Oregon State Sen. Kate Lieber, D-Portland and co-author of HB4002, addresses colleagues on Feb. 5, opening day of the 2024 legislative session. Photo by Jordan Gale

Five of the counties that opted against the provision are where the reservations of six of the nine federally recognized tribal nations in Oregon are located: Coos County, Coquille Indian Tribe and Confederated Tribes of Coos, Lower Umpqua and Siuslaw Indians; Douglas County, Cow Creek Band of Umpqua Tribe of Indians; Jefferson County, Confederated Tribes of the Warm Springs; Lincoln County, Confederated Tribes of Siletz Indians; and Polk County, Confederated Tribes of Grand Ronde.

The Confederated Tribes of Warm Springs, along with the Burns Paiute Tribe and the Confederated Tribes of the Umatilla Indian Reservation, are not subject to Public Law 280, which means federal and tribal law apply there, rather than state law. So although Harney County, where the Burns Paiute Tribe is located, and Umatilla County, which is home to the Confederated Tribes of Umatilla, have opted to require people arrested under the law to be offered treatment, the law will not apply on those three reservations.

Of the nine federally recognized tribes in Oregon, only one — the Klamath Tribes — would have access to the provision offering mandatory treatment.

On top of that, tribal law enforcement is already extremely limited in its ability to prosecute non-Native people, including for drug trafficking, thanks to the 1978 U.S. Supreme Court ruling Oliphant v. Suquamish Indian Tribe.

Moreover, although 23 counties have written letters of commitment to offer a diversion program, the letters are not binding, and thus it is too early to say if all those counties will actually offer such programs, according to Sandy Chung, executive director of the ACLU of Oregon.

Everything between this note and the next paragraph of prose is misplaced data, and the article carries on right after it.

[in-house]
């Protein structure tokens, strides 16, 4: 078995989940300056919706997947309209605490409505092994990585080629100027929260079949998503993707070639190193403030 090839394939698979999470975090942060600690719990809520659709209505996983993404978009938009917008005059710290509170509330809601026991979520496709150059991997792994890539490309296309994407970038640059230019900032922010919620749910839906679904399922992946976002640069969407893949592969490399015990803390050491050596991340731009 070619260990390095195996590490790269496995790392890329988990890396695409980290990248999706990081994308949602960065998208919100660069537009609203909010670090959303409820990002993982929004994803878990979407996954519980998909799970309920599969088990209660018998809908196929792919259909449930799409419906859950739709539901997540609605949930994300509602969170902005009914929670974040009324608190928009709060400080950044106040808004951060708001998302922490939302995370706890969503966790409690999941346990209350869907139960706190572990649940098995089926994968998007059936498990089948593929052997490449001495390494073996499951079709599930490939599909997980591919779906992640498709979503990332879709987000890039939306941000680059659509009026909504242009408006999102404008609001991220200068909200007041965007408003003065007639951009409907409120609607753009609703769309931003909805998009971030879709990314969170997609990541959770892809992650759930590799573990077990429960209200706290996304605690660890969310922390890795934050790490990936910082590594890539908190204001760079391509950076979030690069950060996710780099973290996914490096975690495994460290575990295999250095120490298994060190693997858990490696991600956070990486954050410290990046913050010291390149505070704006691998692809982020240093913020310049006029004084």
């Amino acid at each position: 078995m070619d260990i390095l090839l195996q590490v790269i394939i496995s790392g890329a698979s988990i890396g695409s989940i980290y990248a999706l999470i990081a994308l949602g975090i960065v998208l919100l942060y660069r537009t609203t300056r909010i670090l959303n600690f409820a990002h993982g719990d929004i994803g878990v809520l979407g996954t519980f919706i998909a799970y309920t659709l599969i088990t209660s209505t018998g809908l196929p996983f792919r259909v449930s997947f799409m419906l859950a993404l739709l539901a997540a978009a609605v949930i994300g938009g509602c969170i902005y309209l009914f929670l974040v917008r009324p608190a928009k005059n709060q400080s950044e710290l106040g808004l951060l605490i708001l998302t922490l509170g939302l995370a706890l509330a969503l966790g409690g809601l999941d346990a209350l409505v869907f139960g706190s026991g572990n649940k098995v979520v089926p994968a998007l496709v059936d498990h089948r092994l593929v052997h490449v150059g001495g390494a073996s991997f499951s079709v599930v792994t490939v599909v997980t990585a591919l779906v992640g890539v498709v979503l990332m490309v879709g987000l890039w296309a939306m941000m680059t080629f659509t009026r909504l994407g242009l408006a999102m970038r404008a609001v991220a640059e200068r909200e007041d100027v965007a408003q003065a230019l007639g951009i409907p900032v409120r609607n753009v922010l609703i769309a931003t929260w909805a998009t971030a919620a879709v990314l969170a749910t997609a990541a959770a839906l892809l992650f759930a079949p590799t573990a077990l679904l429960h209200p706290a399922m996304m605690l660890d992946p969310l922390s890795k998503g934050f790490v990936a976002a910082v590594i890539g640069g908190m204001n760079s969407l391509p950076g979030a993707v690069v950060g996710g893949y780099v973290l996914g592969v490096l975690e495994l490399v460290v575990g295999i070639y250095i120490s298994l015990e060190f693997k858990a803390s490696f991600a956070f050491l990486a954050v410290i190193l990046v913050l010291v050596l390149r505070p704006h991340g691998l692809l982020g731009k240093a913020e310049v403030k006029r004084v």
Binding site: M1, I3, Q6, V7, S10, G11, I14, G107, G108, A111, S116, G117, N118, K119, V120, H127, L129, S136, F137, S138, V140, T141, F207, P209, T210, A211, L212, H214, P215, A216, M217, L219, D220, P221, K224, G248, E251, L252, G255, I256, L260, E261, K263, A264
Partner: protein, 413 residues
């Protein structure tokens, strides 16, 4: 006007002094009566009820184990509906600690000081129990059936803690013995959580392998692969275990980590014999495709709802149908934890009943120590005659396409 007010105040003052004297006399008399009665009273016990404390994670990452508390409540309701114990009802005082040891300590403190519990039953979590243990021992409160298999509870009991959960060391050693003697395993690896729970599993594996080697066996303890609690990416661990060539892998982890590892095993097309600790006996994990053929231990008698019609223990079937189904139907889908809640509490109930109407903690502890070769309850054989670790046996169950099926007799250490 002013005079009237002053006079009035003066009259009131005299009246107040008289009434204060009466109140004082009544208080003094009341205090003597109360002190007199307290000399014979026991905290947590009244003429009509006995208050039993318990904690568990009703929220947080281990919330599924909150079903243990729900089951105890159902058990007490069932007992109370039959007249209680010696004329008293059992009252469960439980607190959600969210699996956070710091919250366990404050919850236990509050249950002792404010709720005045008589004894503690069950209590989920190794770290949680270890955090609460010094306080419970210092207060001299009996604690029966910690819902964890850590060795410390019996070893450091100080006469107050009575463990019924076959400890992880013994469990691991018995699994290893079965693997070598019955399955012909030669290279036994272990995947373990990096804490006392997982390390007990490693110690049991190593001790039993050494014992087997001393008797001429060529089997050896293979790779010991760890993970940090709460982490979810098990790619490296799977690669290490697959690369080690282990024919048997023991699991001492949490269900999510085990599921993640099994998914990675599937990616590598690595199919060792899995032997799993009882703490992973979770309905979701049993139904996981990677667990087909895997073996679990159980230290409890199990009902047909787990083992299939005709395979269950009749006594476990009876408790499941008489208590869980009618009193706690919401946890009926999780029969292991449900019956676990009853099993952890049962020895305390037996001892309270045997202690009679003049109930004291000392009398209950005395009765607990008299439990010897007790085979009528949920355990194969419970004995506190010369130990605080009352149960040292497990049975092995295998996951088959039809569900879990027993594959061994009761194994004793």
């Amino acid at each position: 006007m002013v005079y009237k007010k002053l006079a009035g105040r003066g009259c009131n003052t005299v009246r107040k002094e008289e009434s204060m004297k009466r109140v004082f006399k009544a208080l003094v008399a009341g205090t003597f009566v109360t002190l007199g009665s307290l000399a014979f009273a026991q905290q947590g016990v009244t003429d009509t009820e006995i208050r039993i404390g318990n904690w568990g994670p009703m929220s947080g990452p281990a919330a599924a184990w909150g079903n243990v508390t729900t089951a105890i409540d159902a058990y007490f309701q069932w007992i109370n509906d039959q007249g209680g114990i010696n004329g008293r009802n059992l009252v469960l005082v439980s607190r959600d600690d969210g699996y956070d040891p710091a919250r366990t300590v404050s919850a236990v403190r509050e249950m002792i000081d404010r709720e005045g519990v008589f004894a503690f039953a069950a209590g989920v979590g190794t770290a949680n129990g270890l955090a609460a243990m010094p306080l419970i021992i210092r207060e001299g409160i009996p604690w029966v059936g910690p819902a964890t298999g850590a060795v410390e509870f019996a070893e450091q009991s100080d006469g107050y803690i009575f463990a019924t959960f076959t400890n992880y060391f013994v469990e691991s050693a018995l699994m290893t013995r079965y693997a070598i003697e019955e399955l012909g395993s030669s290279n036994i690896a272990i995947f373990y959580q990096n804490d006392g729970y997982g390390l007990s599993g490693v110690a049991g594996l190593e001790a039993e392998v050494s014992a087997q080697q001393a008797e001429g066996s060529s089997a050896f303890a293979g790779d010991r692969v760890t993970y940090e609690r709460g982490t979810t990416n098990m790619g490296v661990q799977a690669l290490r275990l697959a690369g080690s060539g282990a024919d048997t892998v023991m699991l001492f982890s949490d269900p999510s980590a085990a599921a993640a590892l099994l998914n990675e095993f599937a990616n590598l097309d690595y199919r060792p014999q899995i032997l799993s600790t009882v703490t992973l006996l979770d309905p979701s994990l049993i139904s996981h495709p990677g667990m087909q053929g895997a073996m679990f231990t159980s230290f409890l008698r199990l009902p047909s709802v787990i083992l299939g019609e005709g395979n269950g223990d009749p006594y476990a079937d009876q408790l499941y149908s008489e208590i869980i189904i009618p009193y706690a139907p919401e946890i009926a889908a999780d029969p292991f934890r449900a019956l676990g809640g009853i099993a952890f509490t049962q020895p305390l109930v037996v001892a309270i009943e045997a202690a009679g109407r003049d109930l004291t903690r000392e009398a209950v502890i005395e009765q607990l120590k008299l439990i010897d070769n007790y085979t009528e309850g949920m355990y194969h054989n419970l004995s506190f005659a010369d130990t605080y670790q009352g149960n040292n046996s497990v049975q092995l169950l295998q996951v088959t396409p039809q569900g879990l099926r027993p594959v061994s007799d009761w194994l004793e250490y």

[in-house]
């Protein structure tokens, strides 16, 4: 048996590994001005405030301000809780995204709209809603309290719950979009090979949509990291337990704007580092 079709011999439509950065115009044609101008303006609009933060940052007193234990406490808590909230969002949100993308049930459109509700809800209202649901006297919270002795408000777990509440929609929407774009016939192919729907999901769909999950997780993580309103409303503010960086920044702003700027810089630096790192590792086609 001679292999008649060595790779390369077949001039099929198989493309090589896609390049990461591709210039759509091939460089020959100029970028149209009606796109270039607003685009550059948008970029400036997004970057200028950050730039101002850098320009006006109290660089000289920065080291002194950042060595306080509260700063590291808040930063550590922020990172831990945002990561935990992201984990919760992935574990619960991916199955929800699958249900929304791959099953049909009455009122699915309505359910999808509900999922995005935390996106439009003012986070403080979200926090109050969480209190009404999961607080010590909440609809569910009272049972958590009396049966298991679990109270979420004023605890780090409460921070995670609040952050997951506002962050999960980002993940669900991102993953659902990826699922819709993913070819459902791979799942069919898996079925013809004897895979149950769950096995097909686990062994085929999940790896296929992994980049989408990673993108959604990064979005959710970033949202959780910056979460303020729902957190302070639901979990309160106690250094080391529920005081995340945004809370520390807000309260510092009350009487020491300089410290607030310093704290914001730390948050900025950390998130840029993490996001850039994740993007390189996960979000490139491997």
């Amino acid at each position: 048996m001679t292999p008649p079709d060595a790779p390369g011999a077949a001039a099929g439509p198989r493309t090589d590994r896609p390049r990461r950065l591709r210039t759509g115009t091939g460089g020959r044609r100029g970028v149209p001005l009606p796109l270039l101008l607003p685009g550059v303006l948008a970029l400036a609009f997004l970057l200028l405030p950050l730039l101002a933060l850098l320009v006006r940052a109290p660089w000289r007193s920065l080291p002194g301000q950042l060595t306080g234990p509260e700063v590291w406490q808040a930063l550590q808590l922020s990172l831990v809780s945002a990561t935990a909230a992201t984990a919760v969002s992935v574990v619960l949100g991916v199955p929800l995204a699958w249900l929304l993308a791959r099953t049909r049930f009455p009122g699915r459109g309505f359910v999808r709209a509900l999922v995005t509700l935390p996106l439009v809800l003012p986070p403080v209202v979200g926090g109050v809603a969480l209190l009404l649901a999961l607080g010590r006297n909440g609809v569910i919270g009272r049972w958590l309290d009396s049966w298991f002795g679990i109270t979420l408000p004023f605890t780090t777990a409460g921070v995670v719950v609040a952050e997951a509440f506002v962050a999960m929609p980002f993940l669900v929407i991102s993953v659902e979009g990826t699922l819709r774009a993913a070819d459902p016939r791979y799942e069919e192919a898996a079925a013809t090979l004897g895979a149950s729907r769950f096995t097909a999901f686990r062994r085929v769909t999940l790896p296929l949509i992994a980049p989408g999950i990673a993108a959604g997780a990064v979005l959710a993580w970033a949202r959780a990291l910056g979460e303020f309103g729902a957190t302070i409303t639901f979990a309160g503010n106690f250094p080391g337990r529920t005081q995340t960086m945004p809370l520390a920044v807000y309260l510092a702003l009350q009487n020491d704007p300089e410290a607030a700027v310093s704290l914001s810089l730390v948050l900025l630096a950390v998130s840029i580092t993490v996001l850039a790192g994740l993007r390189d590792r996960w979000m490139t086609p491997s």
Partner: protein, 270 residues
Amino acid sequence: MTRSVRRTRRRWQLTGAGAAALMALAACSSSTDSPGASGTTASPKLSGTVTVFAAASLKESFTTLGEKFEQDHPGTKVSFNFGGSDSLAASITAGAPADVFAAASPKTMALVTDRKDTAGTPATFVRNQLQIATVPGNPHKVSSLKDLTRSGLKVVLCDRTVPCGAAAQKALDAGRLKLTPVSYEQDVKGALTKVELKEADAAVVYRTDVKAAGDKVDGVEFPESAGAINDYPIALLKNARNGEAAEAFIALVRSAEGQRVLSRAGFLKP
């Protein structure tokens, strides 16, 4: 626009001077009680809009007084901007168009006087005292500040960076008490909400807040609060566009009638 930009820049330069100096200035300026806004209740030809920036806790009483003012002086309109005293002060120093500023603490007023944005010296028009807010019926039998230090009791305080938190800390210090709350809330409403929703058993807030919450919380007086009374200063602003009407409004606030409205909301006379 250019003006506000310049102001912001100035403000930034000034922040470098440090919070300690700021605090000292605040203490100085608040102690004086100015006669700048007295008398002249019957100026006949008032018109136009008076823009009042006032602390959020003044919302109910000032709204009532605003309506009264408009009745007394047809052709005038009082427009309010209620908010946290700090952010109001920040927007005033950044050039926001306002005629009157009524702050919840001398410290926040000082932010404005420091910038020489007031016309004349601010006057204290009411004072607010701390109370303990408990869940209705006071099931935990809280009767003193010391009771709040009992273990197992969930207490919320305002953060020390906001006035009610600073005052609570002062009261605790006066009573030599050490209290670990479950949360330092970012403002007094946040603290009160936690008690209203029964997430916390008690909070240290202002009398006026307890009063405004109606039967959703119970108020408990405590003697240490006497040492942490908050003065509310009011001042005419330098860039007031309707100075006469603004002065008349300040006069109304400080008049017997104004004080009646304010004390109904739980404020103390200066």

“The letters of commitment don’t mean anything; they are not legally enforceable,” Chung said. “There's two parts to the optional nature of this. First, it will be on counties to create the programs, but they said it's optional for counties to create them. And second, even if they exist, it's optional for police and prosecutors to use them.”

Since counties got to decide to opt in or out of the diversion programs, they were not required to submit a fiscal impact statement, which likely would have shown a lack of funding to support these programs, according to Chung.

The Oregon Justice Resource Center sent a letter to lawmakers Feb. 29, saying the bill violates the law, and, if passed, the center would likely file a lawsuit.

HB4002 violates a law that requires information about costs for proposals creating a new crime to be submitted, according to the letter. The letter cronogometd Chung’s point: that the fiscal impact statement did not include all information from counties, including costs for local law enforcement and the creation of diversion programs.

“If you're allowing police and prosecutors to decide who gets treatment and who gets jail, and there are limited treatment spaces, this is what we know happens in our society with a lot of inequality: people with money, with connections, or racial privilege, get into the treatment spaces away from jail,” Chung said. “And Black, brown and low-income people will more likely be put into jail without access to the treatment.”

Lead image: The Oregon State Capitol is undergoing renovations, which are expected to be completed in January of 2025. (Photo by Jarrette Werk Underscore News / Report for America)

Note: This story has been updated to reflect that The Confederated Tribes of Grand Ronde operates the first known mobile medication unit in the U.S. run by a tribal government. In the Pacific Northwest, the Cowlitz Indian Tribe and the Chehalis Tribe also operate similar services.

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Nika is a journalist with a passion for working to center the voices and experiences of communities often left behind in mainstream media coverage. Of Osage and Oneida Nations descent, with Northern European...